Luckily, today we have the opportunity to take advantage of the increasingly mature cloud infrastructure and software defined networks to make this happen.
Let’s talk about what this meant for my security team at LifeOmic. Keep in mind I am describing one approach, not the only approach. And while this approach works for us, and hopefully many others, it may not be suitable for everyone.
Bear with me on a little more context…
Most attacks start by taking advantage of vulnerabilities at a relatively low risk system – usually an end-user device. This gives attackers “a way in” to the corporate environment. After gaining a foothold, the attacker can now try to escalate privilege and move laterally to compromise other devices on the internal network, until the final targets are reached.
How do you ensure, at any given time and at all times, that none of the user systems on the internal network are compromised and therefore cannot further infect and impact others on the same network?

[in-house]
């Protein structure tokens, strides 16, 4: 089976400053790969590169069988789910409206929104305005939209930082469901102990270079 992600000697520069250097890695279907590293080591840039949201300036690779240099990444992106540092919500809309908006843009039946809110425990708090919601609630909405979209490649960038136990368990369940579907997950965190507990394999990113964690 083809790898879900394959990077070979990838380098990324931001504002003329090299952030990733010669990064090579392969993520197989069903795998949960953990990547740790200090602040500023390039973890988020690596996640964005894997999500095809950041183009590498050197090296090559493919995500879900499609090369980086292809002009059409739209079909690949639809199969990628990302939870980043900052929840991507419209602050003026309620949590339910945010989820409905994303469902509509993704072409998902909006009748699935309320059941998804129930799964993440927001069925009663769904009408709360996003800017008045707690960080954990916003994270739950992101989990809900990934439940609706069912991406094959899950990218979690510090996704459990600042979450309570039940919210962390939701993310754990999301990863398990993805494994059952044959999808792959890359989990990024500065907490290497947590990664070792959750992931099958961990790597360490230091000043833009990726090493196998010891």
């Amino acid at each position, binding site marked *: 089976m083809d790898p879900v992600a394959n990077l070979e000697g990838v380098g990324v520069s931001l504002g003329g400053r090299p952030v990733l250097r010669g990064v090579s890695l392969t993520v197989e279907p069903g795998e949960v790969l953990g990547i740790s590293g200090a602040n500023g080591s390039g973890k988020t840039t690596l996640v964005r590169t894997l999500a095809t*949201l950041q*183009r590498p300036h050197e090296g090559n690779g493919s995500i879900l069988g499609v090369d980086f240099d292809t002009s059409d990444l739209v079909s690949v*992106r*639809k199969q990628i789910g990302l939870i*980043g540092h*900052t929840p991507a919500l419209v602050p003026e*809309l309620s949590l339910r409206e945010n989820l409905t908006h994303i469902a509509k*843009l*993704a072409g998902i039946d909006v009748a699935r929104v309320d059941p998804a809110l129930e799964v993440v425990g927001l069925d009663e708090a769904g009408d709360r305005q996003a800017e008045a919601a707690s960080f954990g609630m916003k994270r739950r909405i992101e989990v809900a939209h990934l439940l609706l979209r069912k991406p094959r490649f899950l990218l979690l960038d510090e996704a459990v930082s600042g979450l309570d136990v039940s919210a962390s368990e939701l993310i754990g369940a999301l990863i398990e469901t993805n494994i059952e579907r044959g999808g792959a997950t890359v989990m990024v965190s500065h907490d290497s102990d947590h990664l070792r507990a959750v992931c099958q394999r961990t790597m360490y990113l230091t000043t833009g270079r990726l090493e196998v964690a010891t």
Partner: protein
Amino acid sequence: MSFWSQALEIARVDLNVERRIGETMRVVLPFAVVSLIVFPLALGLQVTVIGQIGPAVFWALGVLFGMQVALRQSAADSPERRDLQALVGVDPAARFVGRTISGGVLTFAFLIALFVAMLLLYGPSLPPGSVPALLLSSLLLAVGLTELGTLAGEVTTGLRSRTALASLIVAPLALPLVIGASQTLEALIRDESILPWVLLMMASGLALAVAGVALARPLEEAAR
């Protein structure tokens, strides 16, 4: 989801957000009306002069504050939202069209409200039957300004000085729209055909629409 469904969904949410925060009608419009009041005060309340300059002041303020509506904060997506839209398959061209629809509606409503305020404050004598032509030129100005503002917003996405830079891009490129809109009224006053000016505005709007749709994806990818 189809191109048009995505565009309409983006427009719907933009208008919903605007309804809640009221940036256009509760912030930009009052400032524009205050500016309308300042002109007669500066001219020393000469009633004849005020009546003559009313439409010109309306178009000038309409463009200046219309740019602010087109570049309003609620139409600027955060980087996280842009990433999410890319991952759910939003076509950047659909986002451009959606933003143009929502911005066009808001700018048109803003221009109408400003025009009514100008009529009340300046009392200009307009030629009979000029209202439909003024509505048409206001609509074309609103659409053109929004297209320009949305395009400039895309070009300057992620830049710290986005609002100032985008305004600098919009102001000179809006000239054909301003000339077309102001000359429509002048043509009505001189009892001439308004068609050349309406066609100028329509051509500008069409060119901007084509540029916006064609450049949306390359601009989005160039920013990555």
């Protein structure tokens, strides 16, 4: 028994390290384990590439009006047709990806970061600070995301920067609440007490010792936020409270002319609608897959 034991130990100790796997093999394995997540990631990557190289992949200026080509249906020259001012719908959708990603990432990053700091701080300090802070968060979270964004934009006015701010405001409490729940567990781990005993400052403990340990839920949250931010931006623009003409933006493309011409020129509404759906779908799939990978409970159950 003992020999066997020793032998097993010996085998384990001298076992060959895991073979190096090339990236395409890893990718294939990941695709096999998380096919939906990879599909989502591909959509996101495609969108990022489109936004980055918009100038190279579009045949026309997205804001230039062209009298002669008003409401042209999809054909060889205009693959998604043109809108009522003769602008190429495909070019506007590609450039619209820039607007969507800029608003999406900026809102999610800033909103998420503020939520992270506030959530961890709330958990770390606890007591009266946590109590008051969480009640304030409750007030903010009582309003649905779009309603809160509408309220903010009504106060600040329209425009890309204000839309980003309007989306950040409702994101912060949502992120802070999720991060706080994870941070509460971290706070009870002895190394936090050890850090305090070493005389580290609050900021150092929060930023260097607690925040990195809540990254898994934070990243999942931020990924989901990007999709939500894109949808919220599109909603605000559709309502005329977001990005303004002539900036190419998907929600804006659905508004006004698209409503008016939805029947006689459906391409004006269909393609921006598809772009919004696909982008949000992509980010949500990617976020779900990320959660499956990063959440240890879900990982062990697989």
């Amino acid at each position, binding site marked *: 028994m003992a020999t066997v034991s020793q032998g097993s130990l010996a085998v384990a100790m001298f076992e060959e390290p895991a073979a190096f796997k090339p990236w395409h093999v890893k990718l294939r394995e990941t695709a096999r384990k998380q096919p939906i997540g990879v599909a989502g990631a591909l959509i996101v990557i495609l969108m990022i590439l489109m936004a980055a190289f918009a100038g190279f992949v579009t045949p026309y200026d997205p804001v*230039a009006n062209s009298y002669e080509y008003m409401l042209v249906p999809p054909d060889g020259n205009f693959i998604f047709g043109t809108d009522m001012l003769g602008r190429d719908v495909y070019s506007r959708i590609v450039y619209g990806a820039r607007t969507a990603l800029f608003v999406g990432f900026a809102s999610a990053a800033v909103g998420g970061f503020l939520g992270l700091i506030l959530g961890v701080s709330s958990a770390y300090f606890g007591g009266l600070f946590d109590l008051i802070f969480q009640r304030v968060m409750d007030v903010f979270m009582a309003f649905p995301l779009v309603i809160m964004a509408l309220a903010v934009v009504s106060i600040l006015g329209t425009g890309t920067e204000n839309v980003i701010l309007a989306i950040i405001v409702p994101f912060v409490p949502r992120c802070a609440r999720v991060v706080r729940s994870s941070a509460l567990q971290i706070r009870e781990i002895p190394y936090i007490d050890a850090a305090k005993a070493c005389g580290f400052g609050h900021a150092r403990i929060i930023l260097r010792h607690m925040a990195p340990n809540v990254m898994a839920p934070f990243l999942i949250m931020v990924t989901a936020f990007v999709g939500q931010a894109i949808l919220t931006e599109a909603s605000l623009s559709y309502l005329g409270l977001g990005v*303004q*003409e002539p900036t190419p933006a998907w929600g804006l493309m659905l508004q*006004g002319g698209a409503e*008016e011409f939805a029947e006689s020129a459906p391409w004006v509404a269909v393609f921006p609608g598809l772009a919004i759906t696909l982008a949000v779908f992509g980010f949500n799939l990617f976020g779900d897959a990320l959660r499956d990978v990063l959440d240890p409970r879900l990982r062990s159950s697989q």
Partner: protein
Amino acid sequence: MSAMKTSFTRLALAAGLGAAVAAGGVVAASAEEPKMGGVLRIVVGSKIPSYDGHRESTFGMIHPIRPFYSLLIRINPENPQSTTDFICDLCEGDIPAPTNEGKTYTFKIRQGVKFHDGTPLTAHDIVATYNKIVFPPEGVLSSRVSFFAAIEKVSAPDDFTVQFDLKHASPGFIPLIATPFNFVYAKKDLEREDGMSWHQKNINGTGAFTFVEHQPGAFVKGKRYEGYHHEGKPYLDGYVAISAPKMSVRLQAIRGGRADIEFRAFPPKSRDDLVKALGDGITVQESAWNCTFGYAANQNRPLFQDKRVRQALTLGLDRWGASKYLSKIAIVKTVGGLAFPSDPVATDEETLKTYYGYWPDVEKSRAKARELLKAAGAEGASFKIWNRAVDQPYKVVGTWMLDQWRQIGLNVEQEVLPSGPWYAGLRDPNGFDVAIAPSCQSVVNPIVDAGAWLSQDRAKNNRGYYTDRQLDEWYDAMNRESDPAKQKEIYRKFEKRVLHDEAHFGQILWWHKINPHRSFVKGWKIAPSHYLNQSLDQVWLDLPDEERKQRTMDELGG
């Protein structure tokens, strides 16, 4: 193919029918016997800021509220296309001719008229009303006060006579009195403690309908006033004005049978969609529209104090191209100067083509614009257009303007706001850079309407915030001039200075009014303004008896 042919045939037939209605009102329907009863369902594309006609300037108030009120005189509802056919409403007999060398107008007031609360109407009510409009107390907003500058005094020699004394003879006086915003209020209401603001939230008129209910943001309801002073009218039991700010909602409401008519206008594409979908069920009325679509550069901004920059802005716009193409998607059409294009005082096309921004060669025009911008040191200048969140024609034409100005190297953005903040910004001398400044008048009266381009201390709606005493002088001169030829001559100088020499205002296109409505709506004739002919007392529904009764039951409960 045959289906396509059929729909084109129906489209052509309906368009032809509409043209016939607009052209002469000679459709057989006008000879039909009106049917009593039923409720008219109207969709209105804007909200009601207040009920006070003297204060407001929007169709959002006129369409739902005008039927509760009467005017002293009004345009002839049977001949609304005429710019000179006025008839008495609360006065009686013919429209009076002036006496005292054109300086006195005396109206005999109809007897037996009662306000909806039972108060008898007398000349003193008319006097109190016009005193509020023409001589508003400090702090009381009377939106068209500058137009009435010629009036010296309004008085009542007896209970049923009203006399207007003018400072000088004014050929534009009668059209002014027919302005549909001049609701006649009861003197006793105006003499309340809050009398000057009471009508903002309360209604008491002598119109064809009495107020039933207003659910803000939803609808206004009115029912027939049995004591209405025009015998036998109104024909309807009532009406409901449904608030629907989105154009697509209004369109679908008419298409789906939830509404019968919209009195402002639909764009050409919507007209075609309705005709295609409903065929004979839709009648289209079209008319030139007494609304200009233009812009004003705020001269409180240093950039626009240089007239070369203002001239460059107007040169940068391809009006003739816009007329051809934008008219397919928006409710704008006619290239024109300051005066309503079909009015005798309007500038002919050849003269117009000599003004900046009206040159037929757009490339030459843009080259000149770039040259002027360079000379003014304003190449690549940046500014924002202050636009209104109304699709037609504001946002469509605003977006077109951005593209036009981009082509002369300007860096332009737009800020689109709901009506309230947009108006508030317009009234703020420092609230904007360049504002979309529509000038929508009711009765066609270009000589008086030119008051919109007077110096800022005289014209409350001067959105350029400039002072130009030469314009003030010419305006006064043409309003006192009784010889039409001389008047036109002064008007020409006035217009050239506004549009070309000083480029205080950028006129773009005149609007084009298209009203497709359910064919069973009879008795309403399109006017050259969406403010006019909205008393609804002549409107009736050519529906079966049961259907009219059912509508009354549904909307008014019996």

Regardless of the size of your organization, the probability of someone’s system getting compromised at some point is practically guaranteed.
What if we completely take that away? What if we don’t have an internal network altogether?
No internal network. (Almost) 100% cloud. Fully segregated.
That’s exactly what we chose to do at LifeOmic. Each end-user system is fully independent. They are not on an “internal” network that grants them a level of inherent trust or any access to other systems.
Wait, does that mean LifeOmic’s workforce is 100% remote? No. We do have physical office locations. We provide gigabit fiber Internet at the office. There is a guest wireless network separated from employee access. However, the key differences are:
- There is absolutely no sensitive data on our office networks. If you manage to get onto our office network – welcome to the Internet – but you can get online much more easily (and legally) at a Starbucks near you.